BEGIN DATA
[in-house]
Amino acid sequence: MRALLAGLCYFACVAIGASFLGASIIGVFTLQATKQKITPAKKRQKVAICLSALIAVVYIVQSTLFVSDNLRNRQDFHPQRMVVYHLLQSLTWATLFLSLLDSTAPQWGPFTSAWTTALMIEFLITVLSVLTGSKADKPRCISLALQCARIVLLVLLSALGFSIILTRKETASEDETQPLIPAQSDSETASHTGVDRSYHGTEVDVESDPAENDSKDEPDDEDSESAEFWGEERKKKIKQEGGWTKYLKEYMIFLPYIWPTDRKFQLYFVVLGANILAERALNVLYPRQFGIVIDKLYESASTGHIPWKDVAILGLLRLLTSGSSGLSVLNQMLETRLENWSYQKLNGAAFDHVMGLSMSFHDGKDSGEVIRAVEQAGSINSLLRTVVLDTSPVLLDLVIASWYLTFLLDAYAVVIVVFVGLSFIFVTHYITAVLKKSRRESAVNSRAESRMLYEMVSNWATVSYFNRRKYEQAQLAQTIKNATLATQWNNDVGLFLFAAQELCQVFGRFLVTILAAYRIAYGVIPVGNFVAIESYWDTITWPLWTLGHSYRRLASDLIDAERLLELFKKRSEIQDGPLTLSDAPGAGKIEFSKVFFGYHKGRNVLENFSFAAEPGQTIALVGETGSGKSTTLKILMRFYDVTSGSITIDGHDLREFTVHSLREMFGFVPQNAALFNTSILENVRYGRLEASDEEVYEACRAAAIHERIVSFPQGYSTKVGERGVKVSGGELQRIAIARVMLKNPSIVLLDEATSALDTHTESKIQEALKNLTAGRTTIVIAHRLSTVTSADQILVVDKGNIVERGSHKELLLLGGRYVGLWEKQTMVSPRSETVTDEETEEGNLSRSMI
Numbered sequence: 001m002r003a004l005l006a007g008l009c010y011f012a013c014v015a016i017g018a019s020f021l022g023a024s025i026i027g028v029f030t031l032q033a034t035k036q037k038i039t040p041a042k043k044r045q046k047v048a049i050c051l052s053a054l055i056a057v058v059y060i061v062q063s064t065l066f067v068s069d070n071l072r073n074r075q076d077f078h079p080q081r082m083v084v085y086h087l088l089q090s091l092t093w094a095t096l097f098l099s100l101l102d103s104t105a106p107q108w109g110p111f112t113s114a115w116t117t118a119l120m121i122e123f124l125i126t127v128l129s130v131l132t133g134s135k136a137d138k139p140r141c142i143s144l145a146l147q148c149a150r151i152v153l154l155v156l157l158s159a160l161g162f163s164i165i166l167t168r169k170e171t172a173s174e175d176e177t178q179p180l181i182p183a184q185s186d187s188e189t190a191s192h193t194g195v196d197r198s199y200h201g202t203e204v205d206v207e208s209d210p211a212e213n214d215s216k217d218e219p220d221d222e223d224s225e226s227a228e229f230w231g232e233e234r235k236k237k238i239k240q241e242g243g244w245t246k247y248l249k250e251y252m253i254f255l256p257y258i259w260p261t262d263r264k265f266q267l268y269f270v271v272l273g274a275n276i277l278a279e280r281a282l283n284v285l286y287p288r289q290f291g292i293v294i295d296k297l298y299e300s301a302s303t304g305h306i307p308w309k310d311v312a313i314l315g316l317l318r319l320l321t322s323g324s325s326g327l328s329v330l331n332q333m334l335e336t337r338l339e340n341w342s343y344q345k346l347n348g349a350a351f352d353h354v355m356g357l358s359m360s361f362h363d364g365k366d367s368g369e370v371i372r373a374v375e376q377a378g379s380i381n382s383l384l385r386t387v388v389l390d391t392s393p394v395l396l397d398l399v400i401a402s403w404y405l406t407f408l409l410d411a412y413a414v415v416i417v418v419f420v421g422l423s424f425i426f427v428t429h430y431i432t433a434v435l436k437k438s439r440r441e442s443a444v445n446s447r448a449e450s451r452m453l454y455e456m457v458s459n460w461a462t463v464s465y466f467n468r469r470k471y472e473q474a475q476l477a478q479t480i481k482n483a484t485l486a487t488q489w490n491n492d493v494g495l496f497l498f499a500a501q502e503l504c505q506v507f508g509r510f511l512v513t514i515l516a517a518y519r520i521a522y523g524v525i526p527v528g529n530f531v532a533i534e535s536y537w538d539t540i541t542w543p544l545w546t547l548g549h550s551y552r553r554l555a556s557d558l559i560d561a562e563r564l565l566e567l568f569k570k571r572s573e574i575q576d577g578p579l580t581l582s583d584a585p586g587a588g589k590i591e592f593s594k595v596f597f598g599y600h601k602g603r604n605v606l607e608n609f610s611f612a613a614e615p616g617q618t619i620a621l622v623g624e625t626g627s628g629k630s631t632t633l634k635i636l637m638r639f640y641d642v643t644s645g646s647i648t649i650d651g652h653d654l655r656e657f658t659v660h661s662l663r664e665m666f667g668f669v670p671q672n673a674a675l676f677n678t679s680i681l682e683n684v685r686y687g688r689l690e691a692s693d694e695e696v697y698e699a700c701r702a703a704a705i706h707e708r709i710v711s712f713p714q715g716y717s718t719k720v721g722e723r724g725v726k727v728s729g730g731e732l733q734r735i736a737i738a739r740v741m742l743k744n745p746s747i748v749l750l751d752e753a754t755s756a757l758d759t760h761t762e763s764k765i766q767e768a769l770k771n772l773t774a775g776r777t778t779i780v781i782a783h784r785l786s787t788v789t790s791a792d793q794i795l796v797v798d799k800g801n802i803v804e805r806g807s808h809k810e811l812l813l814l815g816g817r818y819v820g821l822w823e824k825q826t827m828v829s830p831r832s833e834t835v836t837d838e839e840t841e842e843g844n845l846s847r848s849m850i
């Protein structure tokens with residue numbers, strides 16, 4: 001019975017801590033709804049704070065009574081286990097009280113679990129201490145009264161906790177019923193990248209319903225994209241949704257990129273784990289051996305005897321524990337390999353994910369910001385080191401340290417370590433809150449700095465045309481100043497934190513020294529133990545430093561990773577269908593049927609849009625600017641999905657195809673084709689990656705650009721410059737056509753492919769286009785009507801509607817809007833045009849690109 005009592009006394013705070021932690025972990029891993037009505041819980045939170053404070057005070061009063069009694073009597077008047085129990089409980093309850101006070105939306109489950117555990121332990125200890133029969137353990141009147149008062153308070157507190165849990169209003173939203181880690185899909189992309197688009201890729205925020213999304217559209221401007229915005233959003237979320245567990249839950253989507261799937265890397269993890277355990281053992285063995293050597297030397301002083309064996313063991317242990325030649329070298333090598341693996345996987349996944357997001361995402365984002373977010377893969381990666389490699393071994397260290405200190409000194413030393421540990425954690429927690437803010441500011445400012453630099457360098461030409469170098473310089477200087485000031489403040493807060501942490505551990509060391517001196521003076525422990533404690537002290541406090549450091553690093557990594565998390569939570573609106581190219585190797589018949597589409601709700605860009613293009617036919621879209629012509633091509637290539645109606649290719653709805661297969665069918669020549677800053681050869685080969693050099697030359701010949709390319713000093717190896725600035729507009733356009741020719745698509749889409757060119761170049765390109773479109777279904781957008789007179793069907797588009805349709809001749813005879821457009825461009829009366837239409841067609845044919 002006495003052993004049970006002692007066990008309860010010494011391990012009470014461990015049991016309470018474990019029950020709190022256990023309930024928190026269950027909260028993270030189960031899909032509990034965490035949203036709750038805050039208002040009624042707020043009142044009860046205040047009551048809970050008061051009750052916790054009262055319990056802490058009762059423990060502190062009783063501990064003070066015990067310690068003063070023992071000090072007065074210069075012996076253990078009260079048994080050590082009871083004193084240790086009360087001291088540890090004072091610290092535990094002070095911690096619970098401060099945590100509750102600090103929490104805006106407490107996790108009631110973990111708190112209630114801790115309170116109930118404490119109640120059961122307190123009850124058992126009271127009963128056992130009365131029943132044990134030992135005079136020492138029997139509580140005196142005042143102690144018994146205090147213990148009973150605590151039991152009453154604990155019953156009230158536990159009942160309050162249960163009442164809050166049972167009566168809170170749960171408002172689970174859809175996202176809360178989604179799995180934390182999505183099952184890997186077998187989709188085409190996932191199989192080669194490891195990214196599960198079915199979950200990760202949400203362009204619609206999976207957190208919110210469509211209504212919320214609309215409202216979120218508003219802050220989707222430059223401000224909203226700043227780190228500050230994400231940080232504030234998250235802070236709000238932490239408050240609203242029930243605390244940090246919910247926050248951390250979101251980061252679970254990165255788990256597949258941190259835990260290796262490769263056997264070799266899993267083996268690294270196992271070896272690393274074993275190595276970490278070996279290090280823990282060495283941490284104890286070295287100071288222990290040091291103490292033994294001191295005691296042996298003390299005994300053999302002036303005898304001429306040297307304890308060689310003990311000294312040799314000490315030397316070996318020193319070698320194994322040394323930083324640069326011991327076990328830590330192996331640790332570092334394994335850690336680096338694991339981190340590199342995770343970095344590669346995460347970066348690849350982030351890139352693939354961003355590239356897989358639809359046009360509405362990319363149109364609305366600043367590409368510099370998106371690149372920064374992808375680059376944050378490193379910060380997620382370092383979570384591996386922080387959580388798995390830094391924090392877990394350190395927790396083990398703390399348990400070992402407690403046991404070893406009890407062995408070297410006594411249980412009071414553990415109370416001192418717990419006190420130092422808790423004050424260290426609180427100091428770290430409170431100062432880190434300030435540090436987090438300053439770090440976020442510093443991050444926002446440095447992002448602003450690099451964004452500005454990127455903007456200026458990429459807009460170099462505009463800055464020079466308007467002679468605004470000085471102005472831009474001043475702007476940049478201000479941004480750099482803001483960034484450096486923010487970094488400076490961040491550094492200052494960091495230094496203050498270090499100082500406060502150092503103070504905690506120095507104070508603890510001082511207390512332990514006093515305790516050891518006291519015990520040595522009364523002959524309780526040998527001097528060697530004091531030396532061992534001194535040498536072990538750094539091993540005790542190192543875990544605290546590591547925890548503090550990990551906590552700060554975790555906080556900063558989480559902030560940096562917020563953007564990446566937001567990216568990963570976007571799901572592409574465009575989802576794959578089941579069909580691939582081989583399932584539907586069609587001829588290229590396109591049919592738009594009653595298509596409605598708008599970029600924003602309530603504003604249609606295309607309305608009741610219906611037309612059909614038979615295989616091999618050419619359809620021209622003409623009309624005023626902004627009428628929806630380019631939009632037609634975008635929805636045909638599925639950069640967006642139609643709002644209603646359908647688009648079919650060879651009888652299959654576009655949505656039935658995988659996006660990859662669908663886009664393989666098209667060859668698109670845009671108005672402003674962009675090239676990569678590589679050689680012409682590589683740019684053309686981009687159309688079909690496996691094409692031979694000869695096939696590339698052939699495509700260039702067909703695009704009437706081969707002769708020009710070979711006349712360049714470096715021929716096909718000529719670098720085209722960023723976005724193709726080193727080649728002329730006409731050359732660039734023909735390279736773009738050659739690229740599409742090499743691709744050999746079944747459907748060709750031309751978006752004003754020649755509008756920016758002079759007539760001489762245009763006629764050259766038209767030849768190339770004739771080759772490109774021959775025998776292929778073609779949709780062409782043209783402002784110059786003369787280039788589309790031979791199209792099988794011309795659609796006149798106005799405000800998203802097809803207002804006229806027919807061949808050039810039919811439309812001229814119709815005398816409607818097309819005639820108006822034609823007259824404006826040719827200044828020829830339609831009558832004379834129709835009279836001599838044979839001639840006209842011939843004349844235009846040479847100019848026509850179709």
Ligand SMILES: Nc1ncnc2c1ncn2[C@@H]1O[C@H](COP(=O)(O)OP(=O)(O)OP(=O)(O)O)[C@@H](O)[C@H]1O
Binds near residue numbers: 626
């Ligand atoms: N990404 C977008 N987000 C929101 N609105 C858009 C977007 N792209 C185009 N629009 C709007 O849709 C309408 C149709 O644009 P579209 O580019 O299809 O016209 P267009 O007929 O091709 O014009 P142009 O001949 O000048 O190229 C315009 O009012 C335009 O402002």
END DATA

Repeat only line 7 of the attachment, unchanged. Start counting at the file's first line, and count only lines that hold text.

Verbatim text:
């Ligand atoms: N990404 C977008 N987000 C929101 N609105 C858009 C977007 N792209 C185009 N629009 C709007 O849709 C309408 C149709 O644009 P579209 O580019 O299809 O016209 P267009 O007929 O091709 O014009 P142009 O001949 O000048 O190229 C315009 O009012 C335009 O402002």